As of this post, one of the top post on Hacker News is on a topic regarding the legal implications of developers utilizing React.js in their development of web applications.
One of the HN users, briandear, tried to break it down:
So if I understand correctly, if I were to use React for a marketing website about my patented system for and Facebook steals/uses that extremely valuable invention, I can’t sue Facebook by virtue of using React?
Obviously, if that were to happen, you’d simply have to stop using React or else you’d get countersued for using React without a license right?
Why would anyone use React ever if that’s how it works? It feels like a payday loan – React makes it “easy” right now, but if your business is built dependent on React, you could pay a serious price later in exchange for “right now” convenience. It makes a strong case for Ember or Glimmer or any of the other front-end systems not tied to Facebook. Imagine a React “Native” app around which your business is based – you’d have to rewrite the entire thing of Facebook were to start using some patented aspect of your business.
Perhaps I am misinformed, but it seems absolutely bonkers to essentially indemnify Facebook from patent infringement just by virtue of using React somewhere in your business.
Imagine if Apple did this: if you release on the App Store using Xcode, you can’t sue us for any patent infringement ever or we’ll sue you for using Xcode illegally.
Is my assessment correct? Is React that good to risk such a situation? Facebook could sit back and watch a company using React develop something amazing, then Facebook could steal it and you’d have no recourse but to stop using React. Meanwhile, while you are rebuilding your application, you lose all your customers, but if you don’t rebuild your application, Facebook can legally take your invention and crush you in the market. Either way, you lose – simply because a few developers on the team were insistent on React’s greatness. If I were a VC, I’d be incredibly wary about supporting a company using React for their primary application...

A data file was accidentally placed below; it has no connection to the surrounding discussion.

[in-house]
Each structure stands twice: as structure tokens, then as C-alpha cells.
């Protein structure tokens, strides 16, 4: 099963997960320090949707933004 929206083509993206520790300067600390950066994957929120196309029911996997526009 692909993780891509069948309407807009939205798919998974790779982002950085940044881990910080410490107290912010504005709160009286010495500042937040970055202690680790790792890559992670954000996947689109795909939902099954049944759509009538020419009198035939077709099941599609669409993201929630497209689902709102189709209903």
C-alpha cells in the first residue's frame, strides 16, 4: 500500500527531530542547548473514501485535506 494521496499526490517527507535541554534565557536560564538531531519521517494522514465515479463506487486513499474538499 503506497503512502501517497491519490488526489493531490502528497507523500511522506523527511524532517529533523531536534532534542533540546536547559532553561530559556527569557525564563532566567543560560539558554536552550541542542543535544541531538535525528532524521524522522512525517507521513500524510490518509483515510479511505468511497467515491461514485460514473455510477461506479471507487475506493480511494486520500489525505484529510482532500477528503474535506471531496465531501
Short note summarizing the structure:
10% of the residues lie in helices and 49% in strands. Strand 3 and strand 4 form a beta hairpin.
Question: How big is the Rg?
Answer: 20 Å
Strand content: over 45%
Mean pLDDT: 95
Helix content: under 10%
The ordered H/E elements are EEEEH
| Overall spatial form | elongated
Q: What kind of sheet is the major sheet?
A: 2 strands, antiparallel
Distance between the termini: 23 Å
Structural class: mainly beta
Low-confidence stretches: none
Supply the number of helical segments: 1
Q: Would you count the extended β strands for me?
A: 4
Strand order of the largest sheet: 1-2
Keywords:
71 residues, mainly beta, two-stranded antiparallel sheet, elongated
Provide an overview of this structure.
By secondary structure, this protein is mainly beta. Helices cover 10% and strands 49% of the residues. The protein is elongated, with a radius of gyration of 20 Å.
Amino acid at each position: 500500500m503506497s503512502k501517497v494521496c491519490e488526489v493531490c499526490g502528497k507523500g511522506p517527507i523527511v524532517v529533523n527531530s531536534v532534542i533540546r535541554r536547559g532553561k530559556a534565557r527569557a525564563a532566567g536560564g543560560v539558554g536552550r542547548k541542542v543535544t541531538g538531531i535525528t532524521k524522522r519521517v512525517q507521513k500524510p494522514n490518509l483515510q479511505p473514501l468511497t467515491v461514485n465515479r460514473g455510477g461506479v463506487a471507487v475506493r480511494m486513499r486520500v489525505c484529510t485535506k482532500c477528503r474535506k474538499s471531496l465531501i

And the response from another user, khuey:
Yes, your understanding is largely correct. To be clear, you can still sue Facebook for stealing your patented invention, but then your grant to any patents that your use of React infringes would expire and Facebook could countersue over that. Facebook legal's response to this concern has been largely obfuscation and "trust us" which is not encouraging. They did change the patent grant two years ago to allow you to assert patent claims against Facebook without losing the grant if Facebook sues you first, but that's of limited utility.
From someone who is learning Phoenix, and was going to eventually dive into React.js, this took me back and has me reconsidering. Not to say that everything I create with React.js would be of extreme value, but it is good to be aware, which is one of the reasons why I am posting this here. Moreover, I wanted to hear the thoughts from people in the elixirforum community.